KUALA LUMPUR: Malaysia’s racial polarisation may be a legacy of the British colonialists, but it is the present policies under the pretext of uplifting the Malays that have complicated efforts for racial unity, a human rights lawyer said today.
Mansoor Saat, who is part of the Malaysian Bar’s Human Rights Committee, said to discuss racial discrimination, it was crucial to look back at history and the legacy left behind by the colonial masters, but warned that it was convenient to blame the past.
“It is nice to have someone to blame. For commercial reasons and some aspects of geopolitical positioning, the British brought in the Chinese and Indians to work as labourers here. Some of the upper class worked in administration,” he told a forum titled “Eliminating Racial Discrimination in Malaysia”.
He said under British rule, the Malays were left behind but questioned why affirmative policies, specifically the New Economic Policy (NEP), had yet to bring them out of the economic doldrums.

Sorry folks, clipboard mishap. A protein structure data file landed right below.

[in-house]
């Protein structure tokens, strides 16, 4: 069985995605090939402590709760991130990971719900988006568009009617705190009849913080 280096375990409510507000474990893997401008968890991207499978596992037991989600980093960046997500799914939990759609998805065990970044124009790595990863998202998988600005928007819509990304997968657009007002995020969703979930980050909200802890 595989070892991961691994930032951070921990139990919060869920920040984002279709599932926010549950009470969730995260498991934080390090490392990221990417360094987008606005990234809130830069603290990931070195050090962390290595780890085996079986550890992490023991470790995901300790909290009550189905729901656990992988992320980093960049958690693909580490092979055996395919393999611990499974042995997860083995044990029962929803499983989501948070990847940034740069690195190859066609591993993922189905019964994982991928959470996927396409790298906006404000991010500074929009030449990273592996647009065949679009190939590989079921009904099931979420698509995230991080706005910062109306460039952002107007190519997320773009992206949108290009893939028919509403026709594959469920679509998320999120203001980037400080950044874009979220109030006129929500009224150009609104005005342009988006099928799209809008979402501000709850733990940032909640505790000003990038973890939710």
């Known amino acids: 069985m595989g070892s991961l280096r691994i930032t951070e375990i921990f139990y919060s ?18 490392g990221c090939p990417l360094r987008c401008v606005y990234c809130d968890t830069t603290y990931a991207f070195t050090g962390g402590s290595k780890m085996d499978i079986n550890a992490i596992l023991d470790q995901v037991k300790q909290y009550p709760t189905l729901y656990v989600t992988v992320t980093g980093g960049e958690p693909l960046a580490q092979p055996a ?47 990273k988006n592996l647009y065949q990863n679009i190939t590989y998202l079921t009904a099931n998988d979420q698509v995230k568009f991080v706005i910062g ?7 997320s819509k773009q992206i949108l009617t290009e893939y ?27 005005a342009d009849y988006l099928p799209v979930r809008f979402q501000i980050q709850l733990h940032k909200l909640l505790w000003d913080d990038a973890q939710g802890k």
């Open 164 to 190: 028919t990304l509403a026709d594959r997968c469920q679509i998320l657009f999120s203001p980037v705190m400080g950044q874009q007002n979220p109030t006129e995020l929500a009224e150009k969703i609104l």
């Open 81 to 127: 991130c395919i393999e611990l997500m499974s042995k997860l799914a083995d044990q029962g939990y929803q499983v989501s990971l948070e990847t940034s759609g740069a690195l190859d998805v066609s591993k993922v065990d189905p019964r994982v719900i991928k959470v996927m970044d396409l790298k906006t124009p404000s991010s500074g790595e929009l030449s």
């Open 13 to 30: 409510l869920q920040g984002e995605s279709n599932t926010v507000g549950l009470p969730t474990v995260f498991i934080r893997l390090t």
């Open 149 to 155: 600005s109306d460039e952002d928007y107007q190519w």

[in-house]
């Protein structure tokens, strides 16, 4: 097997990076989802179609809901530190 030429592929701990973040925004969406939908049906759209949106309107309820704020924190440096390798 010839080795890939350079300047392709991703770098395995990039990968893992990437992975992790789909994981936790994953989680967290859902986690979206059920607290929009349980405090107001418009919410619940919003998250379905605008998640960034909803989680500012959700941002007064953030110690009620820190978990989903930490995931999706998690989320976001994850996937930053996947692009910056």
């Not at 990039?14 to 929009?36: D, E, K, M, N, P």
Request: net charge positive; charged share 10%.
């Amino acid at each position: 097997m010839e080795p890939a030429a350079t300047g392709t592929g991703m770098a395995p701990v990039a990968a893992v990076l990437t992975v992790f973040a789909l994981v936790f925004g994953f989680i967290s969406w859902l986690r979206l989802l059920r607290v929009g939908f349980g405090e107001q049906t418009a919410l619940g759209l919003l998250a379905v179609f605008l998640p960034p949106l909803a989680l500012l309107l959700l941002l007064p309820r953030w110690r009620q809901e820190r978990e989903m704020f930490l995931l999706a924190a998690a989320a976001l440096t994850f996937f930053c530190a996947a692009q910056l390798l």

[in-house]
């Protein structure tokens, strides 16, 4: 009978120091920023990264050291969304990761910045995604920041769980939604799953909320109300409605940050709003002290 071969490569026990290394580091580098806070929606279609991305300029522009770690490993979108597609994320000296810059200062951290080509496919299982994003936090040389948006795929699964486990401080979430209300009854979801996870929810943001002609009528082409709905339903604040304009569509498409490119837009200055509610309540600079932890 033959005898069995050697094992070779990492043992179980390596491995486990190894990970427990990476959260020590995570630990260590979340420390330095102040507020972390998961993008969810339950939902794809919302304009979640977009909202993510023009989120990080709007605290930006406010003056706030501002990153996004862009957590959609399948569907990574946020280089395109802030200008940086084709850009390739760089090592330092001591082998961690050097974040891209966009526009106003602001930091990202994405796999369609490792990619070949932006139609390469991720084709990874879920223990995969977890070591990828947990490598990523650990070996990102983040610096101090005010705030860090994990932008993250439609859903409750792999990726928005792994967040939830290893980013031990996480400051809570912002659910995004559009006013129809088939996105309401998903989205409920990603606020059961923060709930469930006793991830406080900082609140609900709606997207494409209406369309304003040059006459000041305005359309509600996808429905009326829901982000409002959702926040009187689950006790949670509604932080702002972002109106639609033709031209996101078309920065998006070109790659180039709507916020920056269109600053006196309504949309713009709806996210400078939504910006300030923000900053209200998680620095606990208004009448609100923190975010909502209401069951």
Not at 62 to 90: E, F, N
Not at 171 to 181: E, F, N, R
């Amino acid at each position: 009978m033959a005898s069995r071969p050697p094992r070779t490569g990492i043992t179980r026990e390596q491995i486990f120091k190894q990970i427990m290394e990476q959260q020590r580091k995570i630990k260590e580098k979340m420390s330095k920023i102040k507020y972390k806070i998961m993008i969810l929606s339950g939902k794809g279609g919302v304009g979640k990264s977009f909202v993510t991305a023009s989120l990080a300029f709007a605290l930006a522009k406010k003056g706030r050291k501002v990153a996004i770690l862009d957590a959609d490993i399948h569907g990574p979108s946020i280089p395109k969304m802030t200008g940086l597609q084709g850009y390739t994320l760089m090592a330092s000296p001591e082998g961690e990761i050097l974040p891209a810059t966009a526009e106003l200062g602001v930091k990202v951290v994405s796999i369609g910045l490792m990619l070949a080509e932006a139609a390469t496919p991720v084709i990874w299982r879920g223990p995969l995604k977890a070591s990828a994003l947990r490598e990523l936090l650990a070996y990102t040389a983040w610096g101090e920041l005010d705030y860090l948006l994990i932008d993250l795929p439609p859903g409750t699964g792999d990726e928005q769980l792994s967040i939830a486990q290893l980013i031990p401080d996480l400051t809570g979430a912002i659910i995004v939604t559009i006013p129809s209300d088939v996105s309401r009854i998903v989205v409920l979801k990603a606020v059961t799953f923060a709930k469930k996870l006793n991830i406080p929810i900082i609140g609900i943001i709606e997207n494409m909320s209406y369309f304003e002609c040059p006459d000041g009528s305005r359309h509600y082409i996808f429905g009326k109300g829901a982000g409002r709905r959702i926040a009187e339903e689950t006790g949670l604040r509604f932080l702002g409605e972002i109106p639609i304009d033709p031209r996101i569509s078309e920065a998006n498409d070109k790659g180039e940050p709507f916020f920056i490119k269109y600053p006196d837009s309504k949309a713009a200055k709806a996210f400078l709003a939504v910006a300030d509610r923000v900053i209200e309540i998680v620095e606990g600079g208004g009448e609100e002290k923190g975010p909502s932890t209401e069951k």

“NEP is such a dirty word now but was it so at the time of its launch?” he asked.
“I don’t think so because its objective was to eradicate poverty and to restructure society so that economic activity is not associated with any particular group.”
He said NEP was about national unity, social integration and equal distribution of income and opportunities.
“But after almost 50 years, what has happened? What went wrong?”
A report released by rights group Pusat Komas today said racism has been on the increase in Malaysia.
The Malaysian Racial Discrimination Report 2017 also found an increase in incidence of racial discrimination, and called for harsher punishment on those who were racist and discriminatory in their speech and actions, including politicians.
Mansoor said to end racial discrimination, the government would need economic policies that were inclusive without any discrimination, including in public institutions.
“We also need to revamp our education system and make it progressive, consistent with the needs of the digital age,” he said, adding that the government’s mixing of religion in public institutions had only complicated racial unity.